By Bianca Silva
For Dr. Guerda Nicolas, a professor at the University of Miami and an executive member of the nonprofit organization Ayiti Community Trust, she has always been invested in addressing the needs of the human mind as well as the needs of Haiti through the organization. Nicolas speaks to The Haitian Times on her achievements in psychology and being a part of Ayiti Community Trust.
What led to your interest in psychology and mental health?
I have always wanted to work with kids and families and thought that I would be a pediatrician. But then I was not interested in the medical aspect of health and healing. I took an introduction to psychology class and was transformed by the link between the mind and body and the significant importance of the brain in all aspects of our lives.
How did you get involved with Ayiti Community Trust organization?
Ayiti Community Trust is the result of over 25 years traveling monthly to Haiti [and] engaging in various grant funded projects in mental health and education. It became clear to me that Haiti was a place full of projects but without any clear sustainable development plans. A good friend, Pierre Imbert and I started looking at ways that these projects were funded and noticed that they are mostly funded by external sources and without any ongoing support or funding for the most part. As a result, well intended and impactful projects tend to end before achieving their proposed outcomes. This gave birth to the idea of a community foundation that is based on an endowment model to be focused on grant-making to organizations in Ayiti within three interconnected pillars: Environment, Entrepreneurship, and Civic Education. We co-founded the organization three years ago, after spending years researching the model and learning from other countries that established a similar model.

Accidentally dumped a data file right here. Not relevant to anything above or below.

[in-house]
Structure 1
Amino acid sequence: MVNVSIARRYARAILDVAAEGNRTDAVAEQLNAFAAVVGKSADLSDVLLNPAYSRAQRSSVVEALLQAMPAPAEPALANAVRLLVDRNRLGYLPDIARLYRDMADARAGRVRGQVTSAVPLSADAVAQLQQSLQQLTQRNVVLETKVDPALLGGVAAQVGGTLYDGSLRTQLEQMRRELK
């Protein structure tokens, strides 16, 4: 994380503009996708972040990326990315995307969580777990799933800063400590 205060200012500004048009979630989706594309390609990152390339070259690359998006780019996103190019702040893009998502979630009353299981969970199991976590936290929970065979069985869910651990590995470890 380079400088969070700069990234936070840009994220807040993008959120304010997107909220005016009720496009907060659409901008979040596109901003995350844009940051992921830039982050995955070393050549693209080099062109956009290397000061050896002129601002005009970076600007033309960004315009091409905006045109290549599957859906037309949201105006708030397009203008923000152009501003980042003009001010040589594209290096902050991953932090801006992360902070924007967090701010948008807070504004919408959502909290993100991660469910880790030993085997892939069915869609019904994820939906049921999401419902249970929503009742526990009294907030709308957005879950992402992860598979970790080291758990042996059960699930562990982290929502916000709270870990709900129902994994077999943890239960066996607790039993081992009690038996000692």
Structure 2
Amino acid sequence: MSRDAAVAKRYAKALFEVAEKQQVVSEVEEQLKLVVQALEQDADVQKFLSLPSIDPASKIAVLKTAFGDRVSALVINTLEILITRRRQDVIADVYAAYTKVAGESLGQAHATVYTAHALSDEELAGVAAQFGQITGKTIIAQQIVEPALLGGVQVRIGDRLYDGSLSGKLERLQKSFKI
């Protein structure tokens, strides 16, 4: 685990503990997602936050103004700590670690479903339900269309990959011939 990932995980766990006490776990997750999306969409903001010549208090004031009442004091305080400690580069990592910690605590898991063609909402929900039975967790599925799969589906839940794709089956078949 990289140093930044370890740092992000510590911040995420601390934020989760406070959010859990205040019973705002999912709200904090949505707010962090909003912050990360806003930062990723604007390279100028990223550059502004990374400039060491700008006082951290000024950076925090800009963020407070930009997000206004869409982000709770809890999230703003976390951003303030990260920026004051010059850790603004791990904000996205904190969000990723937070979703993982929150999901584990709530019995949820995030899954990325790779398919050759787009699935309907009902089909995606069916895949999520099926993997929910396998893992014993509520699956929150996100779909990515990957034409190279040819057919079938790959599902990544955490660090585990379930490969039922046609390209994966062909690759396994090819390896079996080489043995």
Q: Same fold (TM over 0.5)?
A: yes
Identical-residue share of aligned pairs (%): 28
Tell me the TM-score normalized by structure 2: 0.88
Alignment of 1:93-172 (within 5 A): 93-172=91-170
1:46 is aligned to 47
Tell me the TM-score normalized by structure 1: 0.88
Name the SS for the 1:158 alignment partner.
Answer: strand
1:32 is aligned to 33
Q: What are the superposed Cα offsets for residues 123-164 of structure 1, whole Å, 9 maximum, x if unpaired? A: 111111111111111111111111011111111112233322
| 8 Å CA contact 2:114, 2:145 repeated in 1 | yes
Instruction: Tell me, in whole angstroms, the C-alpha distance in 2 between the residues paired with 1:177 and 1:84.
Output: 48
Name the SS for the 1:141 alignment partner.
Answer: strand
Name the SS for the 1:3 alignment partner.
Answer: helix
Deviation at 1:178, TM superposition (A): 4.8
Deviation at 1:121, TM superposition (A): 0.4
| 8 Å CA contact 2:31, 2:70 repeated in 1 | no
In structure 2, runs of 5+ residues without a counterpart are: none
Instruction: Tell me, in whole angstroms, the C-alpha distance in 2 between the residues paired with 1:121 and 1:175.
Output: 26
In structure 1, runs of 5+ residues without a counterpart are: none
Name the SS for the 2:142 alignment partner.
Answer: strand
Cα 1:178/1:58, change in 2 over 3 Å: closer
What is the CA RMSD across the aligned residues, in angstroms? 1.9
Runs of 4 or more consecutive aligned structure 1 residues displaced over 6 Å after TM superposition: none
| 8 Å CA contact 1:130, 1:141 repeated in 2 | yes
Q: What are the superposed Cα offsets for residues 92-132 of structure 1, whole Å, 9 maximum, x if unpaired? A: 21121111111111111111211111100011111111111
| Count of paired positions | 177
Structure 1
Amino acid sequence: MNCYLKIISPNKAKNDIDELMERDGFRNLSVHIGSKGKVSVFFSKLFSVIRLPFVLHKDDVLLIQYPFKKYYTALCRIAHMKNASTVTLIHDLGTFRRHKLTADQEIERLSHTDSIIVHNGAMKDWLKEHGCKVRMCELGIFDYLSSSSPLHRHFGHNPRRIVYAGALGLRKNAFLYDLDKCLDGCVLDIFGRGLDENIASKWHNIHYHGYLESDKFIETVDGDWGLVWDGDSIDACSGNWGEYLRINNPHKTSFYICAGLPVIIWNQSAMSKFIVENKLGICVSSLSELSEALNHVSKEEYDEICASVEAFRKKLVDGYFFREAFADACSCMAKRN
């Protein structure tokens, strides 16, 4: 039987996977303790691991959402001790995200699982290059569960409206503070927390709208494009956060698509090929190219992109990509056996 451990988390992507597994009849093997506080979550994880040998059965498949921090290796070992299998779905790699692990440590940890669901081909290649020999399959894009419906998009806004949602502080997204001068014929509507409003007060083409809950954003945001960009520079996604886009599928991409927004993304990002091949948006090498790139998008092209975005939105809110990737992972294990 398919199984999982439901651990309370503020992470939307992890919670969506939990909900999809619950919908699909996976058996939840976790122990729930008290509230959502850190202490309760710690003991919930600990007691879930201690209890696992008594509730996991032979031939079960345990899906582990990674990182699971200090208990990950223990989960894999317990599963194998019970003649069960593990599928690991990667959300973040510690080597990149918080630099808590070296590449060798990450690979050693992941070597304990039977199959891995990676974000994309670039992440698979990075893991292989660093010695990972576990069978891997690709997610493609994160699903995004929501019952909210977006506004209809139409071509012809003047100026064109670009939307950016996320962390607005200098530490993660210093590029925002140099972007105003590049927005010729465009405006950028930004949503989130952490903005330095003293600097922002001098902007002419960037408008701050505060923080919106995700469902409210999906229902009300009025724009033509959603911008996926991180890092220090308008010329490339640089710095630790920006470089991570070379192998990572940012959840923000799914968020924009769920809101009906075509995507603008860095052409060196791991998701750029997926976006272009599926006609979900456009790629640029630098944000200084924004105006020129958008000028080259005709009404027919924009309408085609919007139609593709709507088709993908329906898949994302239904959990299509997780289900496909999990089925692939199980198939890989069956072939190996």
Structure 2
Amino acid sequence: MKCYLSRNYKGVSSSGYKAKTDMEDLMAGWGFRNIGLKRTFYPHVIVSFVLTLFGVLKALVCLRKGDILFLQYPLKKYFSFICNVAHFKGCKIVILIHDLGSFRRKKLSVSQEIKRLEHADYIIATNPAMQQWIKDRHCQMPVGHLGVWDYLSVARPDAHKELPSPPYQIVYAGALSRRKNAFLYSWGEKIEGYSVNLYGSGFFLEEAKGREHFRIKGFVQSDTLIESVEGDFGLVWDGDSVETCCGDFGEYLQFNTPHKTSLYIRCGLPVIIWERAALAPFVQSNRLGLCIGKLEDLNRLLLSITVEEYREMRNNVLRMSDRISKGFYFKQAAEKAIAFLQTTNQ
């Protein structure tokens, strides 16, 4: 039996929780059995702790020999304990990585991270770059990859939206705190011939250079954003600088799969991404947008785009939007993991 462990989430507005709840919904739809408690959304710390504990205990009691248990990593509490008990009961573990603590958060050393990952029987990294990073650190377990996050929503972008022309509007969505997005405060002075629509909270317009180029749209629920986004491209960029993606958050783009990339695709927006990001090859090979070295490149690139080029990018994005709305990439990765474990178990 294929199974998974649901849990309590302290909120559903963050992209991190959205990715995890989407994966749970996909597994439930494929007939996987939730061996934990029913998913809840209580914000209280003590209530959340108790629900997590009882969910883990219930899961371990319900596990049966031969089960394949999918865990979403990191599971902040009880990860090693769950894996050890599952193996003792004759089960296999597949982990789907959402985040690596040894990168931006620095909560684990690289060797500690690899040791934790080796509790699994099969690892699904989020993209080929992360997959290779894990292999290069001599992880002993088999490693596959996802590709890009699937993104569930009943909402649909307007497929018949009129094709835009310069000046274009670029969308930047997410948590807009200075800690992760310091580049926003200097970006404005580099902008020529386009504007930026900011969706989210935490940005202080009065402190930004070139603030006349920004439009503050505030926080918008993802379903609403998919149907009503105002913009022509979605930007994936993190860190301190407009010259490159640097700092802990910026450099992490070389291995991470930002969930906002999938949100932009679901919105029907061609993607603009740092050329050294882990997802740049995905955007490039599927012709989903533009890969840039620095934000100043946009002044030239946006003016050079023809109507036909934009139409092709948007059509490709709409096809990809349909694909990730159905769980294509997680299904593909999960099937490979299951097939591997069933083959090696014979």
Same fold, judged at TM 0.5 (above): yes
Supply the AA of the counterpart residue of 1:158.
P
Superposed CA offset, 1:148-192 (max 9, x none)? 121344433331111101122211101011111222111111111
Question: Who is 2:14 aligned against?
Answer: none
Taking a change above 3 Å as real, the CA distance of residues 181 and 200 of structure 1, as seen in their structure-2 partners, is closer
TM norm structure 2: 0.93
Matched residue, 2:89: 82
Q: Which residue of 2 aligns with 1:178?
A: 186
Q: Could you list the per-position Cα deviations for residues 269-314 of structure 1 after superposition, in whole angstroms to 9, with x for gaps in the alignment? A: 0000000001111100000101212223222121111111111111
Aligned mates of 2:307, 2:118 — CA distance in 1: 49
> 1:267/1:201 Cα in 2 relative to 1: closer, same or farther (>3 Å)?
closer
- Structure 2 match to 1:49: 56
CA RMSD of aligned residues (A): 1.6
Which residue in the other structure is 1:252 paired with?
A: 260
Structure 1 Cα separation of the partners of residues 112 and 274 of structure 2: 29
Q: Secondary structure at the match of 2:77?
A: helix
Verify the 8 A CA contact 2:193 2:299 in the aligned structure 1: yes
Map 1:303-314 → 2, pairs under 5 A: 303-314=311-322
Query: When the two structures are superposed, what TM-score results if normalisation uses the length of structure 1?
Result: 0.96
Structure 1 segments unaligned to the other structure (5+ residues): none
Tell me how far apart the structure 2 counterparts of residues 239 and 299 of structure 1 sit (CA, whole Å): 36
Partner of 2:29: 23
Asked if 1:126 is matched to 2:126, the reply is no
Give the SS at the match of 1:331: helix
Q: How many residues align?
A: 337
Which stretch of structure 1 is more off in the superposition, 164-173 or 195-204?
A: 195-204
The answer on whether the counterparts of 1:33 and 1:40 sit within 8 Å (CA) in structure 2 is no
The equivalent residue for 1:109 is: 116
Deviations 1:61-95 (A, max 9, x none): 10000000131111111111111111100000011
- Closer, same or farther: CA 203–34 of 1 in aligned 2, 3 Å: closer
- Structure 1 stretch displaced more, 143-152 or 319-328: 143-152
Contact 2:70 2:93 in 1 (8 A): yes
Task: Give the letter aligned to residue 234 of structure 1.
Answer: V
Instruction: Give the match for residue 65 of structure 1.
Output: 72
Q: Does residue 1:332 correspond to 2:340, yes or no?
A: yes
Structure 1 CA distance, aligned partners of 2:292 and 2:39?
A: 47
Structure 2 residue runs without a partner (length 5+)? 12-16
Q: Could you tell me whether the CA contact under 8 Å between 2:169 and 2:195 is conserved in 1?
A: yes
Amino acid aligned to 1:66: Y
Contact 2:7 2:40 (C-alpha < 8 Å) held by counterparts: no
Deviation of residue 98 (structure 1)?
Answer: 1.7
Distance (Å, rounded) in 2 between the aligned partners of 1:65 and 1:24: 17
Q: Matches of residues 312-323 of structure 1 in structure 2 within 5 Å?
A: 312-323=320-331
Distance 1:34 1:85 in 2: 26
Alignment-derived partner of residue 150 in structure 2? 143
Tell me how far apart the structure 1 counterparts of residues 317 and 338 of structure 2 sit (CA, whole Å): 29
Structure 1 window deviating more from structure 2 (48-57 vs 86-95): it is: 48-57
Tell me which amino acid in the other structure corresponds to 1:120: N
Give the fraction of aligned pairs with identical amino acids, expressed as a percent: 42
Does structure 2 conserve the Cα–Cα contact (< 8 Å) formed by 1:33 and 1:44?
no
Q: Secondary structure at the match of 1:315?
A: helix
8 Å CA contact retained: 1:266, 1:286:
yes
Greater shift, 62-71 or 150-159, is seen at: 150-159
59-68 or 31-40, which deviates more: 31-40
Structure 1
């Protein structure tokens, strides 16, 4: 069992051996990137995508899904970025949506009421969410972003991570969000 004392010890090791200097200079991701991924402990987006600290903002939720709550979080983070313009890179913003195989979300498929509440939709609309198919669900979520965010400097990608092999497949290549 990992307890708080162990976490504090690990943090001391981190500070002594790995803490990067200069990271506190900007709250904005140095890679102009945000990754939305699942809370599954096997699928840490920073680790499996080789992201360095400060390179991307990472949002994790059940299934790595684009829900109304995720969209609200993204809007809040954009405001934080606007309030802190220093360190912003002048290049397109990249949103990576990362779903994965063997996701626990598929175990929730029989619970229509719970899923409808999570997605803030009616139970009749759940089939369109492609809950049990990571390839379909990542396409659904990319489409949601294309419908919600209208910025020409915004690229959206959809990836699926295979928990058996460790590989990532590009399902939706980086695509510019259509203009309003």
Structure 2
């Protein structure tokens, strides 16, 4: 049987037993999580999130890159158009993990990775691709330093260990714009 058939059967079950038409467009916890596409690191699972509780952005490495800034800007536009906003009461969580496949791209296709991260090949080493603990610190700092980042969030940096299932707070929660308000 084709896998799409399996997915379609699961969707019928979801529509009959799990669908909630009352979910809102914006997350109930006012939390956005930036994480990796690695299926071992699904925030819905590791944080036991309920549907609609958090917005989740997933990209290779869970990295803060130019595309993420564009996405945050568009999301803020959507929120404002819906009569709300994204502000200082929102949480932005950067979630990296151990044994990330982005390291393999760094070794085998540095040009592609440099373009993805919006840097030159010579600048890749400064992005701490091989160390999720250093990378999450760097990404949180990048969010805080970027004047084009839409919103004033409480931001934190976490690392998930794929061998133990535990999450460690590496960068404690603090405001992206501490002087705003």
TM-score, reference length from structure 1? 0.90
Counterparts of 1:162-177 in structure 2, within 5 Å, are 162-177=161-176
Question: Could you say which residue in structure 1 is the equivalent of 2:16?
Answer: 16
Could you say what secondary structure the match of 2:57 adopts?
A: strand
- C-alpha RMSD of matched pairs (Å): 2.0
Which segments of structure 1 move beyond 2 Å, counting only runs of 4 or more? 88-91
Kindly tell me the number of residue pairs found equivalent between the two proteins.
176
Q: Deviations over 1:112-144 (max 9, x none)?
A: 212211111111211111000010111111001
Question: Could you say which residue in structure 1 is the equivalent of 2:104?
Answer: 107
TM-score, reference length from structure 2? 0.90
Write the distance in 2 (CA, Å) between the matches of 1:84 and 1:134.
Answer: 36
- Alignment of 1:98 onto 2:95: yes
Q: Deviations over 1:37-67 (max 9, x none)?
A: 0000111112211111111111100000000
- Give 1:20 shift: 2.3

Have there been any challenges with establishing the ACT given that it’s still a relatively new organization?
ACT is a community foundation based on an endowment model. Thus, our primary focus has been on building the endowment. That is not always easy to sell to people who are used to charity giving to implement projects and people who don’t always understand the strategy of endowments. As a result, we have spent a significant amount of time on communicating and educating people within our community about philanthropy and the importance of creating a fund that will exist in perpetuity.
Mental health continues to be seen as a stigma in communities of color, including the Haitian community. What more do you think can be done to end the stigma of mental health within the Haitian community?
Shifting the narrative of people within our communities have been a challenge. I have been at it for the past 30 years and I must say that I am seeing some significant improvements.
I think that the way people in our community have been exposed to mental health is not about health but more about mental illness, and there is a significant difference between the two. Focusing on mental health is about working on the issues prior to them becoming an illness. However, whenever people talk about mental health, they give examples of mental illness and not about mental health. Thus, people think that in order for you to address your mental health you must be mentally ill, “moun fou”.
As such, the idea of seeking services for such things as stress, grief, relationship issues, job challenges, deciding about career choices, divorces, etc, does not immediately lead to seeking services. We need to shift the focus from one of mental illness to one of mental health and thus applied to everyone and not just to “moun fou.” The 2010 earthquake served as a process of shifting that narrative as many people were impacted mentally by such a massive devastation and forced everyone, irrespective of income or education levels to see the importance of our mental well-being.